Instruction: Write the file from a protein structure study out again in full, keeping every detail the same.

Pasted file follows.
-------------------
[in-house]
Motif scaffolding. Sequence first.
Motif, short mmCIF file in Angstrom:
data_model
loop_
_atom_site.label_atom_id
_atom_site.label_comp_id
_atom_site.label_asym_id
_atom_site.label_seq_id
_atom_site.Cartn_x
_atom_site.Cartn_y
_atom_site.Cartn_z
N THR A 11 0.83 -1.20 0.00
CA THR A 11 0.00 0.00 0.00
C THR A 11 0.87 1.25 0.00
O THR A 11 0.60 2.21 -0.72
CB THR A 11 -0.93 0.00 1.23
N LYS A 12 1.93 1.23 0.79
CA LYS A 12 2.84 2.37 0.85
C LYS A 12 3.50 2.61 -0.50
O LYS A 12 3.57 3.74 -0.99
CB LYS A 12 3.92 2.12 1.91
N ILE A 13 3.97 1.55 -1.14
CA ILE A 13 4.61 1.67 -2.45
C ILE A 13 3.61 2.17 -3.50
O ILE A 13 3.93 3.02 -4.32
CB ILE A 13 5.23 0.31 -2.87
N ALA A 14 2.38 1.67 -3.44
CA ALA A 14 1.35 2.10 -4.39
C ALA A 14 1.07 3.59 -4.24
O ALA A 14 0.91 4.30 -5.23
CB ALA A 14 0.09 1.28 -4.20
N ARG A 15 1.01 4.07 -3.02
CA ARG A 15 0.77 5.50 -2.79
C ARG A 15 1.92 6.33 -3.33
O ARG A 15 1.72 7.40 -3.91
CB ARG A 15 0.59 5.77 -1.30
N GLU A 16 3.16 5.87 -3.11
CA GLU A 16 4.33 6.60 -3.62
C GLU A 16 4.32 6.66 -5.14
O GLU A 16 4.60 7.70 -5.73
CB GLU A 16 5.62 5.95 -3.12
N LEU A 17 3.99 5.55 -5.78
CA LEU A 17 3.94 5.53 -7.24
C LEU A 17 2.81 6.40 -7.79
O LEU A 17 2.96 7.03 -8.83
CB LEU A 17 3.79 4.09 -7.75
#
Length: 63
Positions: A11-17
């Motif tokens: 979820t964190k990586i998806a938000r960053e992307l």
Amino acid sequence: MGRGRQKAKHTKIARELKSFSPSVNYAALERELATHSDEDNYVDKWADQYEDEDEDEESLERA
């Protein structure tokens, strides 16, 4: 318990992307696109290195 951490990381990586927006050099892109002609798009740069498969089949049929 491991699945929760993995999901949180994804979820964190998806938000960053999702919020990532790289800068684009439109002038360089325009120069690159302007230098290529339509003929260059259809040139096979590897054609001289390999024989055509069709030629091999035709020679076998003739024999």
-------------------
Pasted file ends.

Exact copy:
[in-house]
Motif scaffolding. Sequence first.
Motif, short mmCIF file in Angstrom:
data_model
loop_
_atom_site.label_atom_id
_atom_site.label_comp_id
_atom_site.label_asym_id
_atom_site.label_seq_id
_atom_site.Cartn_x
_atom_site.Cartn_y
_atom_site.Cartn_z
N THR A 11 0.83 -1.20 0.00
CA THR A 11 0.00 0.00 0.00
C THR A 11 0.87 1.25 0.00
O THR A 11 0.60 2.21 -0.72
CB THR A 11 -0.93 0.00 1.23
N LYS A 12 1.93 1.23 0.79
CA LYS A 12 2.84 2.37 0.85
C LYS A 12 3.50 2.61 -0.50
O LYS A 12 3.57 3.74 -0.99
CB LYS A 12 3.92 2.12 1.91
N ILE A 13 3.97 1.55 -1.14
CA ILE A 13 4.61 1.67 -2.45
C ILE A 13 3.61 2.17 -3.50
O ILE A 13 3.93 3.02 -4.32
CB ILE A 13 5.23 0.31 -2.87
N ALA A 14 2.38 1.67 -3.44
CA ALA A 14 1.35 2.10 -4.39
C ALA A 14 1.07 3.59 -4.24
O ALA A 14 0.91 4.30 -5.23
CB ALA A 14 0.09 1.28 -4.20
N ARG A 15 1.01 4.07 -3.02
CA ARG A 15 0.77 5.50 -2.79
C ARG A 15 1.92 6.33 -3.33
O ARG A 15 1.72 7.40 -3.91
CB ARG A 15 0.59 5.77 -1.30
N GLU A 16 3.16 5.87 -3.11
CA GLU A 16 4.33 6.60 -3.62
C GLU A 16 4.32 6.66 -5.14
O GLU A 16 4.60 7.70 -5.73
CB GLU A 16 5.62 5.95 -3.12
N LEU A 17 3.99 5.55 -5.78
CA LEU A 17 3.94 5.53 -7.24
C LEU A 17 2.81 6.40 -7.79
O LEU A 17 2.96 7.03 -8.83
CB LEU A 17 3.79 4.09 -7.75
#
Length: 63
Positions: A11-17
């Motif tokens: 979820t964190k990586i998806a938000r960053e992307l």
Amino acid sequence: MGRGRQKAKHTKIARELKSFSPSVNYAALERELATHSDEDNYVDKWADQYEDEDEDEESLERA
């Protein structure tokens, strides 16, 4: 318990992307696109290195 951490990381990586927006050099892109002609798009740069498969089949049929 491991699945929760993995999901949180994804979820964190998806938000960053999702919020990532790289800068684009439109002038360089325009120069690159302007230098290529339509003929260059259809040139096979590897054609001289390999024989055509069709030629091999035709020679076998003739024999």